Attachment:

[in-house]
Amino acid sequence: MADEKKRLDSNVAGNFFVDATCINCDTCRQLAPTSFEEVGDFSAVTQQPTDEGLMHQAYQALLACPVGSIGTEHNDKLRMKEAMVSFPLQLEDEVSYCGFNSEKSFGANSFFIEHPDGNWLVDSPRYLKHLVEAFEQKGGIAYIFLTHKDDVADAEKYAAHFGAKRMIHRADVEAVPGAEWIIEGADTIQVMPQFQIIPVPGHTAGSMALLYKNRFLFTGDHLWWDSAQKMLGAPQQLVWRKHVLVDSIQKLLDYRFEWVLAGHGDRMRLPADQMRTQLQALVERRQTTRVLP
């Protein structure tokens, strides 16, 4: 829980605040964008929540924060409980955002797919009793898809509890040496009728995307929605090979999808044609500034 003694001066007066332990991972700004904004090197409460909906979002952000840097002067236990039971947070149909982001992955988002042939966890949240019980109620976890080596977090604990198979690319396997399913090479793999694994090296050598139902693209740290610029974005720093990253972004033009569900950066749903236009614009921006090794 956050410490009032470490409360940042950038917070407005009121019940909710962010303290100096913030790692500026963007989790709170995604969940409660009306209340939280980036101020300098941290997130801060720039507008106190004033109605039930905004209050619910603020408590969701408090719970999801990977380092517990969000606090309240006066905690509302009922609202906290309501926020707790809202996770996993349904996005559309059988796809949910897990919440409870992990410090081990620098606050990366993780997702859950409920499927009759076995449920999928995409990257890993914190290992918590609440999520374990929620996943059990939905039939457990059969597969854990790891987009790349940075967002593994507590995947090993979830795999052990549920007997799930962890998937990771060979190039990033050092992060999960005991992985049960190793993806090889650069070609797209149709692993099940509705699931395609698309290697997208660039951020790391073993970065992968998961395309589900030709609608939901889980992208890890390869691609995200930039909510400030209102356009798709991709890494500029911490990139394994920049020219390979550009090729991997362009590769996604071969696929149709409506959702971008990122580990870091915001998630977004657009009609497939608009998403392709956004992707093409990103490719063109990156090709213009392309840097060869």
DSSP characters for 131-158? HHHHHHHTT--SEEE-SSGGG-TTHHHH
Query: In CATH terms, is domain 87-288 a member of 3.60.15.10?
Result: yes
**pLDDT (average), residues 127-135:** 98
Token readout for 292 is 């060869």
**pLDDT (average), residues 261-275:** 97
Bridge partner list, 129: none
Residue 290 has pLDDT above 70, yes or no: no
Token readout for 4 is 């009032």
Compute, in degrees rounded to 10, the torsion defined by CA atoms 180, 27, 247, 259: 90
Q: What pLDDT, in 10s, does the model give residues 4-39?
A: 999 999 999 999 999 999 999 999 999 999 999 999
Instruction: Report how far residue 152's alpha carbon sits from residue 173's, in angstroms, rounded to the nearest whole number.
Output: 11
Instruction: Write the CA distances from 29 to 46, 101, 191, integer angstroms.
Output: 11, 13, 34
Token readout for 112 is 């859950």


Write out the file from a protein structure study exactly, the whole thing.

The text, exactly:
[in-house]
Amino acid sequence: MADEKKRLDSNVAGNFFVDATCINCDTCRQLAPTSFEEVGDFSAVTQQPTDEGLMHQAYQALLACPVGSIGTEHNDKLRMKEAMVSFPLQLEDEVSYCGFNSEKSFGANSFFIEHPDGNWLVDSPRYLKHLVEAFEQKGGIAYIFLTHKDDVADAEKYAAHFGAKRMIHRADVEAVPGAEWIIEGADTIQVMPQFQIIPVPGHTAGSMALLYKNRFLFTGDHLWWDSAQKMLGAPQQLVWRKHVLVDSIQKLLDYRFEWVLAGHGDRMRLPADQMRTQLQALVERRQTTRVLP
């Protein structure tokens, strides 16, 4: 829980605040964008929540924060409980955002797919009793898809509890040496009728995307929605090979999808044609500034 003694001066007066332990991972700004904004090197409460909906979002952000840097002067236990039971947070149909982001992955988002042939966890949240019980109620976890080596977090604990198979690319396997399913090479793999694994090296050598139902693209740290610029974005720093990253972004033009569900950066749903236009614009921006090794 956050410490009032470490409360940042950038917070407005009121019940909710962010303290100096913030790692500026963007989790709170995604969940409660009306209340939280980036101020300098941290997130801060720039507008106190004033109605039930905004209050619910603020408590969701408090719970999801990977380092517990969000606090309240006066905690509302009922609202906290309501926020707790809202996770996993349904996005559309059988796809949910897990919440409870992990410090081990620098606050990366993780997702859950409920499927009759076995449920999928995409990257890993914190290992918590609440999520374990929620996943059990939905039939457990059969597969854990790891987009790349940075967002593994507590995947090993979830795999052990549920007997799930962890998937990771060979190039990033050092992060999960005991992985049960190793993806090889650069070609797209149709692993099940509705699931395609698309290697997208660039951020790391073993970065992968998961395309589900030709609608939901889980992208890890390869691609995200930039909510400030209102356009798709991709890494500029911490990139394994920049020219390979550009090729991997362009590769996604071969696929149709409506959702971008990122580990870091915001998630977004657009009609497939608009998403392709956004992707093409990103490719063109990156090709213009392309840097060869």
DSSP characters for 131-158? HHHHHHHTT--SEEE-SSGGG-TTHHHH
Query: In CATH terms, is domain 87-288 a member of 3.60.15.10?
Result: yes
**pLDDT (average), residues 127-135:** 98
Token readout for 292 is 């060869």
**pLDDT (average), residues 261-275:** 97
Bridge partner list, 129: none
Residue 290 has pLDDT above 70, yes or no: no
Token readout for 4 is 């009032």
Compute, in degrees rounded to 10, the torsion defined by CA atoms 180, 27, 247, 259: 90
Q: What pLDDT, in 10s, does the model give residues 4-39?
A: 999 999 999 999 999 999 999 999 999 999 999 999
Instruction: Report how far residue 152's alpha carbon sits from residue 173's, in angstroms, rounded to the nearest whole number.
Output: 11
Instruction: Write the CA distances from 29 to 46, 101, 191, integer angstroms.
Output: 11, 13, 34
Token readout for 112 is 């859950």